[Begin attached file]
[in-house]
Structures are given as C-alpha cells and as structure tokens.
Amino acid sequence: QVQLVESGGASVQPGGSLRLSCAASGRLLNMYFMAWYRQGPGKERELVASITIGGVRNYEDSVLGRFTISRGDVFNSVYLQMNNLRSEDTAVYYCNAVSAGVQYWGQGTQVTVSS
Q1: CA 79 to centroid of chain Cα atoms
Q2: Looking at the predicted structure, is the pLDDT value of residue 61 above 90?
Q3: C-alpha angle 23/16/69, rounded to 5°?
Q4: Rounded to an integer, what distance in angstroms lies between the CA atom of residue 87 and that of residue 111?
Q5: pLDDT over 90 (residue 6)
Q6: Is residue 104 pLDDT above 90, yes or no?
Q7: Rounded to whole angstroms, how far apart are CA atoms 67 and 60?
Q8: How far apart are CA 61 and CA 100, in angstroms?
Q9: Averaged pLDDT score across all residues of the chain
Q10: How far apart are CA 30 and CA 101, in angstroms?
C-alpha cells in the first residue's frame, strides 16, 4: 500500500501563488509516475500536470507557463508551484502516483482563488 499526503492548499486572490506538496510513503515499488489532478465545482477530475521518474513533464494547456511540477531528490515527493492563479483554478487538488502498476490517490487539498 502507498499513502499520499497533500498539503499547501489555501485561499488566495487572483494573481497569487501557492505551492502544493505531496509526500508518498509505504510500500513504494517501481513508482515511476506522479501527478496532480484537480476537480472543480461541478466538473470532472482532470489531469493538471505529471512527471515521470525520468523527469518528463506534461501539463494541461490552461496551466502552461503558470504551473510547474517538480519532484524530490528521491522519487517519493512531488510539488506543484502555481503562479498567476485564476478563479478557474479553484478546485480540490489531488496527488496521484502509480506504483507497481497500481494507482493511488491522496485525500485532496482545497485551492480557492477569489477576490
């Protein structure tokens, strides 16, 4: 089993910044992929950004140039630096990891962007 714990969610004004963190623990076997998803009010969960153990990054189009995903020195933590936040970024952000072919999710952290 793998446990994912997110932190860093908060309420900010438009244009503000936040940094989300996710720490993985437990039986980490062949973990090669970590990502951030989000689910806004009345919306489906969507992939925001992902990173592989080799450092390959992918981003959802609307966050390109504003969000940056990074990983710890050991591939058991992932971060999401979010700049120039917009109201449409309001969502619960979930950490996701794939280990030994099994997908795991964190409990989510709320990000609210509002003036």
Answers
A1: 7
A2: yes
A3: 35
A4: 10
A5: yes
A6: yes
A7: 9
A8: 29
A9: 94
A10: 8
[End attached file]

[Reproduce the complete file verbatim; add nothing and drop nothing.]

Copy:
[in-house]
Structures are given as C-alpha cells and as structure tokens.
Amino acid sequence: QVQLVESGGASVQPGGSLRLSCAASGRLLNMYFMAWYRQGPGKERELVASITIGGVRNYEDSVLGRFTISRGDVFNSVYLQMNNLRSEDTAVYYCNAVSAGVQYWGQGTQVTVSS
Q1: CA 79 to centroid of chain Cα atoms
Q2: Looking at the predicted structure, is the pLDDT value of residue 61 above 90?
Q3: C-alpha angle 23/16/69, rounded to 5°?
Q4: Rounded to an integer, what distance in angstroms lies between the CA atom of residue 87 and that of residue 111?
Q5: pLDDT over 90 (residue 6)
Q6: Is residue 104 pLDDT above 90, yes or no?
Q7: Rounded to whole angstroms, how far apart are CA atoms 67 and 60?
Q8: How far apart are CA 61 and CA 100, in angstroms?
Q9: Averaged pLDDT score across all residues of the chain
Q10: How far apart are CA 30 and CA 101, in angstroms?
C-alpha cells in the first residue's frame, strides 16, 4: 500500500501563488509516475500536470507557463508551484502516483482563488 499526503492548499486572490506538496510513503515499488489532478465545482477530475521518474513533464494547456511540477531528490515527493492563479483554478487538488502498476490517490487539498 502507498499513502499520499497533500498539503499547501489555501485561499488566495487572483494573481497569487501557492505551492502544493505531496509526500508518498509505504510500500513504494517501481513508482515511476506522479501527478496532480484537480476537480472543480461541478466538473470532472482532470489531469493538471505529471512527471515521470525520468523527469518528463506534461501539463494541461490552461496551466502552461503558470504551473510547474517538480519532484524530490528521491522519487517519493512531488510539488506543484502555481503562479498567476485564476478563479478557474479553484478546485480540490489531488496527488496521484502509480506504483507497481497500481494507482493511488491522496485525500485532496482545497485551492480557492477569489477576490
């Protein structure tokens, strides 16, 4: 089993910044992929950004140039630096990891962007 714990969610004004963190623990076997998803009010969960153990990054189009995903020195933590936040970024952000072919999710952290 793998446990994912997110932190860093908060309420900010438009244009503000936040940094989300996710720490993985437990039986980490062949973990090669970590990502951030989000689910806004009345919306489906969507992939925001992902990173592989080799450092390959992918981003959802609307966050390109504003969000940056990074990983710890050991591939058991992932971060999401979010700049120039917009109201449409309001969502619960979930950490996701794939280990030994099994997908795991964190409990989510709320990000609210509002003036």
Answers
A1: 7
A2: yes
A3: 35
A4: 10
A5: yes
A6: yes
A7: 9
A8: 29
A9: 94
A10: 8